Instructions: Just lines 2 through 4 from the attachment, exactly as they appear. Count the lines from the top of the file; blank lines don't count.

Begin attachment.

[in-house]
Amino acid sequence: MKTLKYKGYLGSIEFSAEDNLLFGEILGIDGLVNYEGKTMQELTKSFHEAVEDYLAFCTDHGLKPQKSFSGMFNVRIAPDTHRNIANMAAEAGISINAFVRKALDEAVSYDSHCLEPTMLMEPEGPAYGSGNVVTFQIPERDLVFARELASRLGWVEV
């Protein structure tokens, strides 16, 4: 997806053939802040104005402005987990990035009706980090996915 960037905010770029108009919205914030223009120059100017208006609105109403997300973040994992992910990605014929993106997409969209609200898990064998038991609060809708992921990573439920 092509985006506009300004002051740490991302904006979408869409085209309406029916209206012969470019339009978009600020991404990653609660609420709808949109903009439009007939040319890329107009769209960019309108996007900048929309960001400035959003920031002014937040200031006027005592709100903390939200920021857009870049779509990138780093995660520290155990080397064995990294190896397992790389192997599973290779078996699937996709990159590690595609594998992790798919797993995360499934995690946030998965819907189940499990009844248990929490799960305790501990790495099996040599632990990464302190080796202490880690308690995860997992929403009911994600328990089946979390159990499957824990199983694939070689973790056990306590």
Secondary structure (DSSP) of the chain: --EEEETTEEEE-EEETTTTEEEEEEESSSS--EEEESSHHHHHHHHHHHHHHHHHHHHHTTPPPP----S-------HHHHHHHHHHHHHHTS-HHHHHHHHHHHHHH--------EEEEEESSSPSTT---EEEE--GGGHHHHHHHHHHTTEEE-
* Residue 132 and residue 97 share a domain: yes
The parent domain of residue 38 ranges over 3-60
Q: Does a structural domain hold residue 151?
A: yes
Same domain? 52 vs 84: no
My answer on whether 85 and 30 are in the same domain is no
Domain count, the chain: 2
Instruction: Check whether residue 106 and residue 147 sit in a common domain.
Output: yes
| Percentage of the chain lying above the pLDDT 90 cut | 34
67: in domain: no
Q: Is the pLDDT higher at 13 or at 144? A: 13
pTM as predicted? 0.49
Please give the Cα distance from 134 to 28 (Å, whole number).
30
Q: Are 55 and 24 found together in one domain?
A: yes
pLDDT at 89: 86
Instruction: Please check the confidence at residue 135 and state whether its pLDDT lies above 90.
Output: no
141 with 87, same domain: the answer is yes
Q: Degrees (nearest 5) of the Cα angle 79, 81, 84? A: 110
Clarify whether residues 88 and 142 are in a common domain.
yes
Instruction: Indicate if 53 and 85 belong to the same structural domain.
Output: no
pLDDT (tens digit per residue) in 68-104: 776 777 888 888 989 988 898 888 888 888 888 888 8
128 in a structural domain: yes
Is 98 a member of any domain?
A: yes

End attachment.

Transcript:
Amino acid sequence: MKTLKYKGYLGSIEFSAEDNLLFGEILGIDGLVNYEGKTMQELTKSFHEAVEDYLAFCTDHGLKPQKSFSGMFNVRIAPDTHRNIANMAAEAGISINAFVRKALDEAVSYDSHCLEPTMLMEPEGPAYGSGNVVTFQIPERDLVFARELASRLGWVEV
């Protein structure tokens, strides 16, 4: 997806053939802040104005402005987990990035009706980090996915 960037905010770029108009919205914030223009120059100017208006609105109403997300973040994992992910990605014929993106997409969209609200898990064998038991609060809708992921990573439920 092509985006506009300004002051740490991302904006979408869409085209309406029916209206012969470019339009978009600020991404990653609660609420709808949109903009439009007939040319890329107009769209960019309108996007900048929309960001400035959003920031002014937040200031006027005592709100903390939200920021857009870049779509990138780093995660520290155990080397064995990294190896397992790389192997599973290779078996699937996709990159590690595609594998992790798919797993995360499934995690946030998965819907189940499990009844248990929490799960305790501990790495099996040599632990990464302190080796202490880690308690995860997992929403009911994600328990089946979390159990499957824990199983694939070689973790056990306590």
Secondary structure (DSSP) of the chain: --EEEETTEEEE-EEETTTTEEEEEEESSSS--EEEESSHHHHHHHHHHHHHHHHHHHHHTTPPPP----S-------HHHHHHHHHHHHHHTS-HHHHHHHHHHHHHH--------EEEEEESSSPSTT---EEEE--GGGHHHHHHHHHHTTEEE-